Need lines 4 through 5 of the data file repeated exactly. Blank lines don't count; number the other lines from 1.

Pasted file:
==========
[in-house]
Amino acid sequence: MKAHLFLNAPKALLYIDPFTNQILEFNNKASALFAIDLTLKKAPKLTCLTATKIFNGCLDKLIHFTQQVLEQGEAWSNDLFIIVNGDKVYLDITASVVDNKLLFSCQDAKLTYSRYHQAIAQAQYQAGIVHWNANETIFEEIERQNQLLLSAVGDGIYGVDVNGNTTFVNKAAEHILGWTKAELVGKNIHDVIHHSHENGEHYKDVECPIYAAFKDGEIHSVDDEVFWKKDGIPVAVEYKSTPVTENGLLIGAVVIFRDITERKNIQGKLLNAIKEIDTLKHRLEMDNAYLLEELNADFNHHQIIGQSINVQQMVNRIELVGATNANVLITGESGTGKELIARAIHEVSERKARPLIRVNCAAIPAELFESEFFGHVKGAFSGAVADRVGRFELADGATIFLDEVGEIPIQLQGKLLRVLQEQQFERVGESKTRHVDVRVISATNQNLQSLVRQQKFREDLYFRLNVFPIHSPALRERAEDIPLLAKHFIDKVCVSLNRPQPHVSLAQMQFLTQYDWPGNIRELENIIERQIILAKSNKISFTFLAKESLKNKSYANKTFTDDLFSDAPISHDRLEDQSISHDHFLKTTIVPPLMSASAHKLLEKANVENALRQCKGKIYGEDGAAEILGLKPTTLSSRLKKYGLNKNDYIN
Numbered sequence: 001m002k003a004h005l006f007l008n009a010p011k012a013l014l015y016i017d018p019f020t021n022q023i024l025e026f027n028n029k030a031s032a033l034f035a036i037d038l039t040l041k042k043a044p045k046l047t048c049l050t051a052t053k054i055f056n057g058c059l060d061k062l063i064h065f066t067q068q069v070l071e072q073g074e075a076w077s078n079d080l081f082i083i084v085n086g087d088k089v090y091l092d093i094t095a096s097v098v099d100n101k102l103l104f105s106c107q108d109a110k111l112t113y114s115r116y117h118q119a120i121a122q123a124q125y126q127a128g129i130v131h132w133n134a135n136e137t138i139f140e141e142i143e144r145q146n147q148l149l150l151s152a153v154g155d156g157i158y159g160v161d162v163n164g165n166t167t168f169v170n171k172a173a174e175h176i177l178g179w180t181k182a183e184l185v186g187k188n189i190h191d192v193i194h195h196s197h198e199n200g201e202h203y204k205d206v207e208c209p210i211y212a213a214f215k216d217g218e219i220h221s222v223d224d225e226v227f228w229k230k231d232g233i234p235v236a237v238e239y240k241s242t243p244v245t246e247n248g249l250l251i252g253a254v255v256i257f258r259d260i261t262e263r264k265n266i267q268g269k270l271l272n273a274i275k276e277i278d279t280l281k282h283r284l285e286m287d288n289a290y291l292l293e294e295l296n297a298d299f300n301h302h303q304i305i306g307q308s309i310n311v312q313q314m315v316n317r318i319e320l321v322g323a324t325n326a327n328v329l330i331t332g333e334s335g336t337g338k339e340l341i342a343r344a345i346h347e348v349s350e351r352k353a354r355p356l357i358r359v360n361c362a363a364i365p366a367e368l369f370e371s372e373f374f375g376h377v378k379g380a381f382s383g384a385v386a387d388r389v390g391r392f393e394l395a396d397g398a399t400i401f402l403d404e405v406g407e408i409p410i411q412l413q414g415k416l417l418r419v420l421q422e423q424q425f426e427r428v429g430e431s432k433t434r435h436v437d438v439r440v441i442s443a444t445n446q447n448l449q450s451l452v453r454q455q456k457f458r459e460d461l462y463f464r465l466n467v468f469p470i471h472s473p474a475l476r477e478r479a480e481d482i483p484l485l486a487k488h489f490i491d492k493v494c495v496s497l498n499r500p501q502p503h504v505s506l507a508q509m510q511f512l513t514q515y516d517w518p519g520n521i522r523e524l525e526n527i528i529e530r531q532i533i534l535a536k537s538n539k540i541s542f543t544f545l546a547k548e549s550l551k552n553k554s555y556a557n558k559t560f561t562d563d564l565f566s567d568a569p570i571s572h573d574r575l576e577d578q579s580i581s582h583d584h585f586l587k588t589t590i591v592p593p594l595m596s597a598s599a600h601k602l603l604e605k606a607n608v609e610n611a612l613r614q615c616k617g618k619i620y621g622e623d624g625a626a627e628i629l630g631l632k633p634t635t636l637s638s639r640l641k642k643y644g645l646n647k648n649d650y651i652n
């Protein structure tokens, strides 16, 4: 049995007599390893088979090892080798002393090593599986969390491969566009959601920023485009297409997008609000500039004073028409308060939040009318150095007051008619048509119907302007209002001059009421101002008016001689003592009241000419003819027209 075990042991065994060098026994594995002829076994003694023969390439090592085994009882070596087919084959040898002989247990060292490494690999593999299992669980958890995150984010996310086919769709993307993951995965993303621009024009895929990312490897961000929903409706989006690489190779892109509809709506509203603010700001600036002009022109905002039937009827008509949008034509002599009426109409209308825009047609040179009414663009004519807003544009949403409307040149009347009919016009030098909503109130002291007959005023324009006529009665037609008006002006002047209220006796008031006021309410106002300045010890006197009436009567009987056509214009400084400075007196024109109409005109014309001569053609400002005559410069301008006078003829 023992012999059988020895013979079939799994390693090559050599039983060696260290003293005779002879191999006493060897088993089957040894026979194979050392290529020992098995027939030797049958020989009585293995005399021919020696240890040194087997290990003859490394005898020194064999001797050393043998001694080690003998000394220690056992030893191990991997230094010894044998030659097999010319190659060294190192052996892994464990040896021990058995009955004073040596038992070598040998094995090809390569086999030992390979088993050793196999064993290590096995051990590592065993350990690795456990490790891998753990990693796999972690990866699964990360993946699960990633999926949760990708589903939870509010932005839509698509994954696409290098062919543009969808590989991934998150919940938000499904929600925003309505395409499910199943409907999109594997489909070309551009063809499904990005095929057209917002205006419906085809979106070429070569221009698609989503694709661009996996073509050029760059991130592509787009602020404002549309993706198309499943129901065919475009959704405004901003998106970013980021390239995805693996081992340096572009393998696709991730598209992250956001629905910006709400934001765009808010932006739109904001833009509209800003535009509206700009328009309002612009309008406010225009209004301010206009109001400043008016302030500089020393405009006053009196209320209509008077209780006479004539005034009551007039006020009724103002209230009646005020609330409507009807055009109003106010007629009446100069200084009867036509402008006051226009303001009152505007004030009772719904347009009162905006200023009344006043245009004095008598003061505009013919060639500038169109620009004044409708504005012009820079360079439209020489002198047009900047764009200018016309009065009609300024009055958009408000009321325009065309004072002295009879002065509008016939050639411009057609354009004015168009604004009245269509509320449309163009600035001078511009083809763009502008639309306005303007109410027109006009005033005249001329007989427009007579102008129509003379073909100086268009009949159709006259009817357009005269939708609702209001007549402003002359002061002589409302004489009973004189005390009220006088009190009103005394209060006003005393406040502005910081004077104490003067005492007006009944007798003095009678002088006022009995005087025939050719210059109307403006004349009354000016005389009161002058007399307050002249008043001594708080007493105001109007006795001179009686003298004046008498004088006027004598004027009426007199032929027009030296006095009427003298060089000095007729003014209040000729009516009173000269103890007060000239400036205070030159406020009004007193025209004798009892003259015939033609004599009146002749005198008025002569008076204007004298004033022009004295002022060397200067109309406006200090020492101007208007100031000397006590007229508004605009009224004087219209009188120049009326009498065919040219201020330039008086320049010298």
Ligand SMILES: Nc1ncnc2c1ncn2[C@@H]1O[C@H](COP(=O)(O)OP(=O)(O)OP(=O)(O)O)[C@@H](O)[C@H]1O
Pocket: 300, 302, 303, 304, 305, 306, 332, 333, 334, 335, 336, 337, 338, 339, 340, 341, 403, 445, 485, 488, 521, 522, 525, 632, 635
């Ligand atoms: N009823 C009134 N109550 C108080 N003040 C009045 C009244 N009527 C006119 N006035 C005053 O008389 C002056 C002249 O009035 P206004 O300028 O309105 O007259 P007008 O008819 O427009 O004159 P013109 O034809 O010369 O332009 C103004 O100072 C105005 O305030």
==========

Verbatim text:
């Protein structure tokens, strides 16, 4: 049995007599390893088979090892080798002393090593599986969390491969566009959601920023485009297409997008609000500039004073028409308060939040009318150095007051008619048509119907302007209002001059009421101002008016001689003592009241000419003819027209 075990042991065994060098026994594995002829076994003694023969390439090592085994009882070596087919084959040898002989247990060292490494690999593999299992669980958890995150984010996310086919769709993307993951995965993303621009024009895929990312490897961000929903409706989006690489190779892109509809709506509203603010700001600036002009022109905002039937009827008509949008034509002599009426109409209308825009047609040179009414663009004519807003544009949403409307040149009347009919016009030098909503109130002291007959005023324009006529009665037609008006002006002047209220006796008031006021309410106002300045010890006197009436009567009987056509214009400084400075007196024109109409005109014309001569053609400002005559410069301008006078003829 023992012999059988020895013979079939799994390693090559050599039983060696260290003293005779002879191999006493060897088993089957040894026979194979050392290529020992098995027939030797049958020989009585293995005399021919020696240890040194087997290990003859490394005898020194064999001797050393043998001694080690003998000394220690056992030893191990991997230094010894044998030659097999010319190659060294190192052996892994464990040896021990058995009955004073040596038992070598040998094995090809390569086999030992390979088993050793196999064993290590096995051990590592065993350990690795456990490790891998753990990693796999972690990866699964990360993946699960990633999926949760990708589903939870509010932005839509698509994954696409290098062919543009969808590989991934998150919940938000499904929600925003309505395409499910199943409907999109594997489909070309551009063809499904990005095929057209917002205006419906085809979106070429070569221009698609989503694709661009996996073509050029760059991130592509787009602020404002549309993706198309499943129901065919475009959704405004901003998106970013980021390239995805693996081992340096572009393998696709991730598209992250956001629905910006709400934001765009808010932006739109904001833009509209800003535009509206700009328009309002612009309008406010225009209004301010206009109001400043008016302030500089020393405009006053009196209320209509008077209780006479004539005034009551007039006020009724103002209230009646005020609330409507009807055009109003106010007629009446100069200084009867036509402008006051226009303001009152505007004030009772719904347009009162905006200023009344006043245009004095008598003061505009013919060639500038169109620009004044409708504005012009820079360079439209020489002198047009900047764009200018016309009065009609300024009055958009408000009321325009065309004072002295009879002065509008016939050639411009057609354009004015168009604004009245269509509320449309163009600035001078511009083809763009502008639309306005303007109410027109006009005033005249001329007989427009007579102008129509003379073909100086268009009949159709006259009817357009005269939708609702209001007549402003002359002061002589409302004489009973004189005390009220006088009190009103005394209060006003005393406040502005910081004077104490003067005492007006009944007798003095009678002088006022009995005087025939050719210059109307403006004349009354000016005389009161002058007399307050002249008043001594708080007493105001109007006795001179009686003298004046008498004088006027004598004027009426007199032929027009030296006095009427003298060089000095007729003014209040000729009516009173000269103890007060000239400036205070030159406020009004007193025209004798009892003259015939033609004599009146002749005198008025002569008076204007004298004033022009004295002022060397200067109309406006200090020492101007208007100031000397006590007229508004605009009224004087219209009188120049009326009498065919040219201020330039008086320049010298």
Ligand SMILES: Nc1ncnc2c1ncn2[C@@H]1O[C@H](COP(=O)(O)OP(=O)(O)OP(=O)(O)O)[C@@H](O)[C@H]1O